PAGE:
In 1999, at age 58, with no family history of the disease, Spinale was diagnosed with Stage 1 breast cancer. After a lumpectomy and radiation, Spinale thought she was in the clear. But in December 2008, Spinale was diagnosed with Stage 4 breast cancer that her doctors said metastasized to her lungs, liver, and brain.
It is unclear whether Spinale's cancer is associated with her having taken hormone therapy.
"When I blamed the HRT for the reason why I got breast cancer, it was inconclusive as far as they [my doctors] were concerned," said Spinale. "I don't remember being told of any side effects of HRT, except being told that it would help the hot flashes."
Chlebowski's study initially warned of a link between combination hormone replacement therapy and breast cancer in 2002. Since then, many doctors have prescribed a variety of combinations, including lower-dose combinations of estrogen and progestin, or estrogen alone, without knowing what type of therapy might offer the greatest benefit to women. Many doctors say they now prescribe lower doses of the hormones at shorter intervals.
"We significantly reduced use of HRT when the link to HRT first came out [in 2002]," said Dr. Randy Wexler, assistant professor of family medicine at Ohio State University.
"There is still a role for hormone therapy," said Dr. Hugh Taylor, director of reproductive endocrinology at Yale School of Medicine.
The concern lies mainly with the combination of estrogen and progestin and not on estrogen alone, according to Taylor.
"With low doses of of estrogen we can get away with small and infrequent progestin use," said Taylor. "Let's not throw the baby out with the bath water. Estrogen therapy is the only thing that works well and estrogen is not the cause of breast cancer."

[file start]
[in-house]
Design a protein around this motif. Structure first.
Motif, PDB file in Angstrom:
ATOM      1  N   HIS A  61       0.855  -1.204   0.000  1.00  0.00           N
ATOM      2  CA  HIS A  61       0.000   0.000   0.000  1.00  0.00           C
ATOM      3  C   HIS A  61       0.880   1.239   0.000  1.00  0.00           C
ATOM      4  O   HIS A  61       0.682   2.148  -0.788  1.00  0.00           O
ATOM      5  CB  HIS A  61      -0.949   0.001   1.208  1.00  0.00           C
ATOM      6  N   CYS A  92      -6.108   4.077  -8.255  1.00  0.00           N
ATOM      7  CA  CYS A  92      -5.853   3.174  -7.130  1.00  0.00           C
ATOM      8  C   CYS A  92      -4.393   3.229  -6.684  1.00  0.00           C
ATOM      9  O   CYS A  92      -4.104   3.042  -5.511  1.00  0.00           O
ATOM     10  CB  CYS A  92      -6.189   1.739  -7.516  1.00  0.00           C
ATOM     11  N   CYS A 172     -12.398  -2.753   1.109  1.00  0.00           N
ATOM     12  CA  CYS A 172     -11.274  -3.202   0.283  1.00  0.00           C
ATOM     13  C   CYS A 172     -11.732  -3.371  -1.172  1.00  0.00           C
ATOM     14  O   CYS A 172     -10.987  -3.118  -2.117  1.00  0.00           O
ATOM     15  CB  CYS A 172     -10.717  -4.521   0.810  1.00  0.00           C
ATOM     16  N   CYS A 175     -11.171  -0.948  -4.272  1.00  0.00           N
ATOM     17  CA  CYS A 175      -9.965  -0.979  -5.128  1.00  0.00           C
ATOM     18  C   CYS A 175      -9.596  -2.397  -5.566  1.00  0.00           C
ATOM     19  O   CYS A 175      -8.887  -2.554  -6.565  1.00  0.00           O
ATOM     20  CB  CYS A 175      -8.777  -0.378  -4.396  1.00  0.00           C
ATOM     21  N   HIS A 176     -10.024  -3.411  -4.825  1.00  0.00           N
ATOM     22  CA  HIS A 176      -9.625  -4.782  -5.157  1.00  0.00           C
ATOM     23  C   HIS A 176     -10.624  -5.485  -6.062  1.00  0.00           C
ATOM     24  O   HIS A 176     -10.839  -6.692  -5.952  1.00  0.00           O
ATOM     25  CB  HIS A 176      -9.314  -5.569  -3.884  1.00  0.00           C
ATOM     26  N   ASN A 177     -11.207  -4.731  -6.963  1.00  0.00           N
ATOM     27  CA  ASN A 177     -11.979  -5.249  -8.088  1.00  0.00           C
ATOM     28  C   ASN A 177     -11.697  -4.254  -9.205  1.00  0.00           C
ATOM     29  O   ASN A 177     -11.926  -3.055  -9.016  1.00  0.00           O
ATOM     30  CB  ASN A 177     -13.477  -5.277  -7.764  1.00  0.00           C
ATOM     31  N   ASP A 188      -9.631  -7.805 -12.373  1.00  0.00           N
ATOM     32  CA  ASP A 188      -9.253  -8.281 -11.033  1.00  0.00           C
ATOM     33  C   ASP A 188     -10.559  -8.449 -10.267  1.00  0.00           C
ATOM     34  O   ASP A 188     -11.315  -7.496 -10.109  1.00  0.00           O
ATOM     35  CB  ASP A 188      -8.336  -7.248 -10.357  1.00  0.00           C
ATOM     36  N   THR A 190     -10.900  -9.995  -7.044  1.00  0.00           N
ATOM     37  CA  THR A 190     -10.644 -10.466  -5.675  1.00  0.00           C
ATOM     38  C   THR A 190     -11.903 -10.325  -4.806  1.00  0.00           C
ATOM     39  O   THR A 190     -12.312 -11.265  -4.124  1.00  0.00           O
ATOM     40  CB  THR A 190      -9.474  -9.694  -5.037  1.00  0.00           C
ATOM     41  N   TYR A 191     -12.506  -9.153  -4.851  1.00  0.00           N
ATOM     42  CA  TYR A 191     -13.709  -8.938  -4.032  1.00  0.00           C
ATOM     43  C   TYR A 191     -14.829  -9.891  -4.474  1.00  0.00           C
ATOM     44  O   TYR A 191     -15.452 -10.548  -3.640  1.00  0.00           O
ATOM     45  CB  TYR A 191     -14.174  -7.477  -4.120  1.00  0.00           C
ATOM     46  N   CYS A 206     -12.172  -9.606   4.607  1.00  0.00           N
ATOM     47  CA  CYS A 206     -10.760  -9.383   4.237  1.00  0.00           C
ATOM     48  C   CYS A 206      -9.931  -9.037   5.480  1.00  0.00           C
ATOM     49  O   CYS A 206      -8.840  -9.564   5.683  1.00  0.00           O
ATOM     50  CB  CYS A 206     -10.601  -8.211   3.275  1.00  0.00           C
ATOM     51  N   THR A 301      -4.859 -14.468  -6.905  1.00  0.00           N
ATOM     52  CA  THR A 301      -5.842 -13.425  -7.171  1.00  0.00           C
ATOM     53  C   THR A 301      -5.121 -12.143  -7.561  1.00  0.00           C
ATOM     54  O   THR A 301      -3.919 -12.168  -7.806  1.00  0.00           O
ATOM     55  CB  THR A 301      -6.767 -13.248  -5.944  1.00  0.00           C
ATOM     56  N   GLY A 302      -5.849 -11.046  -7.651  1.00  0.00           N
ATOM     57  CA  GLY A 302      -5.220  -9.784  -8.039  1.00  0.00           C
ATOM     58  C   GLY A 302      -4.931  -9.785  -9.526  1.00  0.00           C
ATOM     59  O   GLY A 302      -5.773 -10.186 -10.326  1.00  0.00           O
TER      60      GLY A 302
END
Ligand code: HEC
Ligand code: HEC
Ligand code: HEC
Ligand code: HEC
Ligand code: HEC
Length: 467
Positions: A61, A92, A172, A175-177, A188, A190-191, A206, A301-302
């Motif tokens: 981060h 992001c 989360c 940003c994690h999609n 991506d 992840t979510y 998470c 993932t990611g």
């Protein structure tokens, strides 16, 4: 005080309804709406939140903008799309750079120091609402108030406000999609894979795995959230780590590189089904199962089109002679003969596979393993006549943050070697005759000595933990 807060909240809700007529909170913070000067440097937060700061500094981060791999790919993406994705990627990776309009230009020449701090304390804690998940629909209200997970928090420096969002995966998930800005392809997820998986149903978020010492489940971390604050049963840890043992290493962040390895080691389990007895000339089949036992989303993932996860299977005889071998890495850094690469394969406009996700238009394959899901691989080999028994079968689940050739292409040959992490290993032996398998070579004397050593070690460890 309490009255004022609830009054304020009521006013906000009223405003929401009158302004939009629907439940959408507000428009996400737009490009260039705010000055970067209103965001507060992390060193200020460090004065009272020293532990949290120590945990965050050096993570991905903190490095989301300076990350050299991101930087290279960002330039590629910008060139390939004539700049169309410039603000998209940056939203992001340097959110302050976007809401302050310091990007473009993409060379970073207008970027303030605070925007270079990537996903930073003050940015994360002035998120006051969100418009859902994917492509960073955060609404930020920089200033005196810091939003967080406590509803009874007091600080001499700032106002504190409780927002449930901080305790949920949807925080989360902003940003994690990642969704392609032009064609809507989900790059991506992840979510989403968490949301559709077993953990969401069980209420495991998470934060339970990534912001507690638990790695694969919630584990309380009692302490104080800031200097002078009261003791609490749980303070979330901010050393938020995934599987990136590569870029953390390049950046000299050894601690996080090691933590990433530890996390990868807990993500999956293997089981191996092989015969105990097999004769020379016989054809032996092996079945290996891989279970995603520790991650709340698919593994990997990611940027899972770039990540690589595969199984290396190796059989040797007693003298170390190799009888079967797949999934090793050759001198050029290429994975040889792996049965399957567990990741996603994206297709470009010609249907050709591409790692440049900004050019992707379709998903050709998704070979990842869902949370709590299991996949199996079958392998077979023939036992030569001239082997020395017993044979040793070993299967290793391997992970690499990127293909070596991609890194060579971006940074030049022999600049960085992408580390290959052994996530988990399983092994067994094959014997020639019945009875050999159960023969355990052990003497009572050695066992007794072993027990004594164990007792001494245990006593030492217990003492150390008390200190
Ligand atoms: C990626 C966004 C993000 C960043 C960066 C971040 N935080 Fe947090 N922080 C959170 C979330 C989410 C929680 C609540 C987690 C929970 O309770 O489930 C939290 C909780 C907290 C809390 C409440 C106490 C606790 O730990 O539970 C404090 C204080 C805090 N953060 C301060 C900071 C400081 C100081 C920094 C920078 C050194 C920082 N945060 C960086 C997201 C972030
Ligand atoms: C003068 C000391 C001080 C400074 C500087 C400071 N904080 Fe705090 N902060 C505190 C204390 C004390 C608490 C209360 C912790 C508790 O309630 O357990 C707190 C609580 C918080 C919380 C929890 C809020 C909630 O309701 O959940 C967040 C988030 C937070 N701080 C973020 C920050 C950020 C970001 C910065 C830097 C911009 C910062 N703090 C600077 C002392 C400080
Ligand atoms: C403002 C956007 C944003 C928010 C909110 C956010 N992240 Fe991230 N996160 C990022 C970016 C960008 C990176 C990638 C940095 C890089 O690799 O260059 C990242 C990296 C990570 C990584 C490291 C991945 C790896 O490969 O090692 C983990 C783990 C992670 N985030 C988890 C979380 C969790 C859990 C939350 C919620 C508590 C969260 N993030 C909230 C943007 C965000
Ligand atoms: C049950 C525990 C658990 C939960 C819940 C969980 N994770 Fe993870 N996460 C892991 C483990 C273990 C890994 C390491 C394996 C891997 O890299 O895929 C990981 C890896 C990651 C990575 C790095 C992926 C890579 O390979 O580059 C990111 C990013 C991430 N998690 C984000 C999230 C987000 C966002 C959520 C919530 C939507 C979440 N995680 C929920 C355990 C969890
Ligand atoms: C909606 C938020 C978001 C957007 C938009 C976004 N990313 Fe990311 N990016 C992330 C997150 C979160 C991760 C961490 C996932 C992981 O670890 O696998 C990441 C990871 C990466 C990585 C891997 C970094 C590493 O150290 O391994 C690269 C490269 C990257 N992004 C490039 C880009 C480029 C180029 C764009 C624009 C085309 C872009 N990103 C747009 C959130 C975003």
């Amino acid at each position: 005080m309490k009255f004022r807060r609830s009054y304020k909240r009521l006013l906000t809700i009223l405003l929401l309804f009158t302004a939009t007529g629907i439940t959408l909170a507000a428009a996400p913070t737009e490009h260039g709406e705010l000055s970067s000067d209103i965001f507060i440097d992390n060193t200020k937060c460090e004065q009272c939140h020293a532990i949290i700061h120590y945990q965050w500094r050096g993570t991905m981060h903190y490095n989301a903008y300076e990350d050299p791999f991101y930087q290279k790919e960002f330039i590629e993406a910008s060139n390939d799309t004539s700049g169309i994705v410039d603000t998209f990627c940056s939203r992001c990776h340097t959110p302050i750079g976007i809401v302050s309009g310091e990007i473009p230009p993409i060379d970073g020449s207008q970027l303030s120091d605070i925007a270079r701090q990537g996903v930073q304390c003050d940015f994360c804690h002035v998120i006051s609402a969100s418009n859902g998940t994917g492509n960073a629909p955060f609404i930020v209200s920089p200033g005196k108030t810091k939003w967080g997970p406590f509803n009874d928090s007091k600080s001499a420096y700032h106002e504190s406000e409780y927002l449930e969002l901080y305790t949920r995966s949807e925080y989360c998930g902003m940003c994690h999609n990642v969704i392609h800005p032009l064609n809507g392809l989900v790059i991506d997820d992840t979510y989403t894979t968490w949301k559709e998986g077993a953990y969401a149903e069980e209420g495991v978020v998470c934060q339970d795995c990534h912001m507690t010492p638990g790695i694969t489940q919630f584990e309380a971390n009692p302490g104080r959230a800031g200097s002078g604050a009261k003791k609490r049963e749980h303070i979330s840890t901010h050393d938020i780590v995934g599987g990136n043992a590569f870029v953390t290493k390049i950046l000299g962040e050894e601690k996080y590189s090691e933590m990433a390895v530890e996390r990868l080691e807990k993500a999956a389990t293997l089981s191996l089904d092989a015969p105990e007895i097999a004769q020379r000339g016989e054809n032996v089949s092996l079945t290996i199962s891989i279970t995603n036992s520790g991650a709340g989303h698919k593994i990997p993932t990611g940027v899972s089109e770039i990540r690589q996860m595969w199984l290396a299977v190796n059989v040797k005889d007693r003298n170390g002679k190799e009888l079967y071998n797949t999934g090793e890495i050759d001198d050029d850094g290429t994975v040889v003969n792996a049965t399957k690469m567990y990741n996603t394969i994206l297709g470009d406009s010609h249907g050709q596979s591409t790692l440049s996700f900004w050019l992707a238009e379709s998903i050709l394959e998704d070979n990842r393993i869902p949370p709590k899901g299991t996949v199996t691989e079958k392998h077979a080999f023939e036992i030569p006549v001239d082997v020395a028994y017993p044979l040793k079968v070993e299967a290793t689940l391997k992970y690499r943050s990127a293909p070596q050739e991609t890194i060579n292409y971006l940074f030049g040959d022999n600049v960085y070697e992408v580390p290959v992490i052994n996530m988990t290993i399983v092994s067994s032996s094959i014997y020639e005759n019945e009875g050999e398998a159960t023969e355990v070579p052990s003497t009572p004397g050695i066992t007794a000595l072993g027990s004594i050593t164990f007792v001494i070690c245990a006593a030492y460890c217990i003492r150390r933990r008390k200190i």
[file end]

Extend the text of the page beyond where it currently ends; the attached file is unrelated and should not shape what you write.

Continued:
But there's no scientific evidence that any variation of hormone therapy at any length of time provides a safer alternative. Litton said non-hormone therapies, such as antidepressants or acupuncture, may provide some women some benefit.
"I don't think that we can counsel patients saying that it's safe to take for a shorter time at a lower dose," said Litton. "I think that for the general practitioner or gynecologist, it should be a drug of very last resort."
According to Dr. Dian Ginsberg, obstetrician and gynecologist at Children's Memorial Hermann Hospital and in and in private practice in Houston, TX, lifestyle changes during a women's premenopausal years may help women ease through their symptoms and divert hormone therapy altogether.
"I hope that as we learn more about the hormone replacement pill not being the answer, we can maybe approach the woman differently in her 30s and 40s," said Ginsberg.
Still, she said the type of therapy depends on a woman's personal history and understanding the risk. And before abandoning hormone therapy, women should talk to their doctor.
"Don't throw your hormones out," said Ginsberg. "Call your physician, go in, learn a little bit more about this study, go over your own medical background, and see a good way, potentially, to wean off your hormone."